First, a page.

By Jennifer Mayerle

PAYNESVILLE, Minn. (WCCO) — Jacob’s Hope– found its way to a football field in Paynesville, not far from where the 11-year-old’s remains were found earlier this week.

The Paynesville Bulldogs paid tribute to Jacob Wetterling by embracing the jersey number 11 he wore, and the hope it stands for. The community also acknowledged other victims in a meaningful way Friday night.

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Before the game even started, everyone knew it was about so much more than football.

“Jacob Wetterling had dreams of one day being a football player,” the announcer said. “Tonight, our players live out Jacob’s dream on the field.”

As a community came together to watch a Friday night football game, Jacob’s Hope surrounded them.

“Be fair be kind be understanding be honest,” the announcer said.

And in the midst of the Paynesville Bulldog team stood four men shoulder to shoulder.

“We want to honor the victims of sexual abuse and violence,” the announcer said.

Jared Scheierl was one of those men. He was kidnapped and sexually assaulted by the same man who confessed to Jacob’s murder. Jared is largely credited as pushing the investigation forward.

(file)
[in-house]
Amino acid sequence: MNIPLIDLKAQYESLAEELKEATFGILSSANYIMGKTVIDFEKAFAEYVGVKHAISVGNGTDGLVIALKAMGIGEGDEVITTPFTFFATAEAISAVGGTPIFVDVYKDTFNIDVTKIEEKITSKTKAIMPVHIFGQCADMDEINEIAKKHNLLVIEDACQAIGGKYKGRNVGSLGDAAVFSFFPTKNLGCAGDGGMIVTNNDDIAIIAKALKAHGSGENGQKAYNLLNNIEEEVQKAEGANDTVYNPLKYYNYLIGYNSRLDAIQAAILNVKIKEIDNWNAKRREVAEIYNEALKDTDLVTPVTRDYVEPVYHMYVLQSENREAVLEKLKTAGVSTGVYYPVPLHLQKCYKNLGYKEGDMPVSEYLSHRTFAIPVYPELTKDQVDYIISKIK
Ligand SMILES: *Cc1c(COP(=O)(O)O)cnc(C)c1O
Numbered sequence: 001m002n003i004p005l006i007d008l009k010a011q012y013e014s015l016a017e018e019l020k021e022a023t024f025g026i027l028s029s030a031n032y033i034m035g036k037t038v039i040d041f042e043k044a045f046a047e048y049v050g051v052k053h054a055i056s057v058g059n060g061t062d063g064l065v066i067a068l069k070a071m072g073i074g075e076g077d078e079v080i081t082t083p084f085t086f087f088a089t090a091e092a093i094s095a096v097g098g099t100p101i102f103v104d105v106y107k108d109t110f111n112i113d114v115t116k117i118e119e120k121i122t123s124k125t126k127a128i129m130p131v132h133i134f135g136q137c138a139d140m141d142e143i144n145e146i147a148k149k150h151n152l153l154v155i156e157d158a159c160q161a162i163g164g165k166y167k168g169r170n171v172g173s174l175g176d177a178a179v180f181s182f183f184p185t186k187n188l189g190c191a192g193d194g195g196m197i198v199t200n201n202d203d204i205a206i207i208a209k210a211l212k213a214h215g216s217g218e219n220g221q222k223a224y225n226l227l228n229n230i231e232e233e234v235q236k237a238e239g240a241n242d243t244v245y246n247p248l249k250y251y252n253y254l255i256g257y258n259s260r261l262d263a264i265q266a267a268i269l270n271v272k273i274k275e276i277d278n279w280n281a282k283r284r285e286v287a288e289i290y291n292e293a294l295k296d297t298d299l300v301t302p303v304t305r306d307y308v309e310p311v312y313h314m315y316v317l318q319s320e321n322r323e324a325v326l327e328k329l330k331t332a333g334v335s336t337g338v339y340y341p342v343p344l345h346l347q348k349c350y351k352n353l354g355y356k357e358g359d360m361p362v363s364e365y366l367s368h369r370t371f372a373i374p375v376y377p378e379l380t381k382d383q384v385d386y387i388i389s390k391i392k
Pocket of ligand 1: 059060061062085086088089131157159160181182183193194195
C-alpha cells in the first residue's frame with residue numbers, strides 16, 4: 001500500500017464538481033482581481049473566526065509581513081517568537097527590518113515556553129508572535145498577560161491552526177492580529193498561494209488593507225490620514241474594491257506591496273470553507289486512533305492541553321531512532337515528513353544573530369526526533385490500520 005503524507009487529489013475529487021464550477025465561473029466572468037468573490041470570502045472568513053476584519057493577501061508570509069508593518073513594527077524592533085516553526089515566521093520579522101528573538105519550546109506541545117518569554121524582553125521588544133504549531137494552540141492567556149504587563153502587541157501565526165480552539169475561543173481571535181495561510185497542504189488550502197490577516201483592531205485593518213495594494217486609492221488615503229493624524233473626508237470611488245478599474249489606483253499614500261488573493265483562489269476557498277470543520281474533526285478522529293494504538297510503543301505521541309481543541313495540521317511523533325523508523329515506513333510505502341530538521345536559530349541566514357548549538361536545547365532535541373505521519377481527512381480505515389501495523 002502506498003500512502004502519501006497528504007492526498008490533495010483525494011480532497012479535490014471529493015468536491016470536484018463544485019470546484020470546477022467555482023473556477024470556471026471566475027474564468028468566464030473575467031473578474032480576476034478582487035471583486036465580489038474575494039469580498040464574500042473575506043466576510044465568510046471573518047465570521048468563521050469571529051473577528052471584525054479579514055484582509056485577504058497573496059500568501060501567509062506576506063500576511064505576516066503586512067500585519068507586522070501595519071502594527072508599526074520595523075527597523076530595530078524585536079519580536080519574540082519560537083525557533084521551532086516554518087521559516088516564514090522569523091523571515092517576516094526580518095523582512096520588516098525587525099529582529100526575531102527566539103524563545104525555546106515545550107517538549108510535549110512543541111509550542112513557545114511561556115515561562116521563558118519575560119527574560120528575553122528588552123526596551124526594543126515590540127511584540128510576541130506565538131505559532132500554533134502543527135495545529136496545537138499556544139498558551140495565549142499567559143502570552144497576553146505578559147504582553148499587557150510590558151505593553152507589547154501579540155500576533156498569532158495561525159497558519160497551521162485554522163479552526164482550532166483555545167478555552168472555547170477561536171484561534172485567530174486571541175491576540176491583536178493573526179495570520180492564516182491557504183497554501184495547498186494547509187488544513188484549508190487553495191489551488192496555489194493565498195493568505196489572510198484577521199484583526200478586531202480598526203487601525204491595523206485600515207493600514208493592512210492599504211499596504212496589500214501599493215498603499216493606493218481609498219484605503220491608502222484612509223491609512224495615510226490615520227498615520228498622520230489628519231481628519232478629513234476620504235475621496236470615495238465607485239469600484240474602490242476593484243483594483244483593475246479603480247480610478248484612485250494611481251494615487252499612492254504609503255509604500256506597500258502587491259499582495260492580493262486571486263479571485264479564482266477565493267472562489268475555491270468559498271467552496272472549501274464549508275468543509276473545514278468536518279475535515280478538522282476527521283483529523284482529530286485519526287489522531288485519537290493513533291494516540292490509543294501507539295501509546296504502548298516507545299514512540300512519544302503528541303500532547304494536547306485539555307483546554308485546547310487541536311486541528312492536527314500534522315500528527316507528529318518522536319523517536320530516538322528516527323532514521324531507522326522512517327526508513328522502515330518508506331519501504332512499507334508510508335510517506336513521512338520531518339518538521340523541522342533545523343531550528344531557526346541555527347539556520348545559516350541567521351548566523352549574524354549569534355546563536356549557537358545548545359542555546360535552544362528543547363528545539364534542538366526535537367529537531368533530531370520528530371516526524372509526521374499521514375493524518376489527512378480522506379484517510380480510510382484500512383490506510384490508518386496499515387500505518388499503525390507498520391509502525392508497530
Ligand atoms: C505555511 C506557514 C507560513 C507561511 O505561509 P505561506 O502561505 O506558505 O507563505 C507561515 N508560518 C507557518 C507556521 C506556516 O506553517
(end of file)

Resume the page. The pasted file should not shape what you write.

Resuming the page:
“That’s what this whole journey has kind of done for this town,” he said. “United us in ways that we never dreamed.”

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The men next to him were victims of unsolved sexual assaults in Paynesville in the 1980s, before Jared and Jacob were kidnapped. As part of the ceremony, a booming voice over the stadium read the names of several more of those victims.

Many had never before made their names public, until now.

“It’s something that I will never forget,” Paynesville assault victim Danny Garvick said.

“It felt good. It felt good,” Brad Froelich, another victim, said.

But there’s still something that weighs heavy on their hearts.

“We got to go home. Why didn’t Jacob go home? That was the hardest part,” Troy Cole, another victim, said.

Jared placed stickers with Jacob’s number 11 on the back of each players helmet. It’s how he wanted to end a week full of emotion, and it’s what the team and the town needed to honor Jacob and those unsung heroes.

“If, as a football team, we can do something positive to help people move forward, then that’s what we’re here for,” Paynesville football coach Max Meagher said.

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So the community pledges to move forward in unity. They share in the Wetterlings’ grief, and in that they choose to be generous, to be joyful and to be positive.

Jennifer Mayerle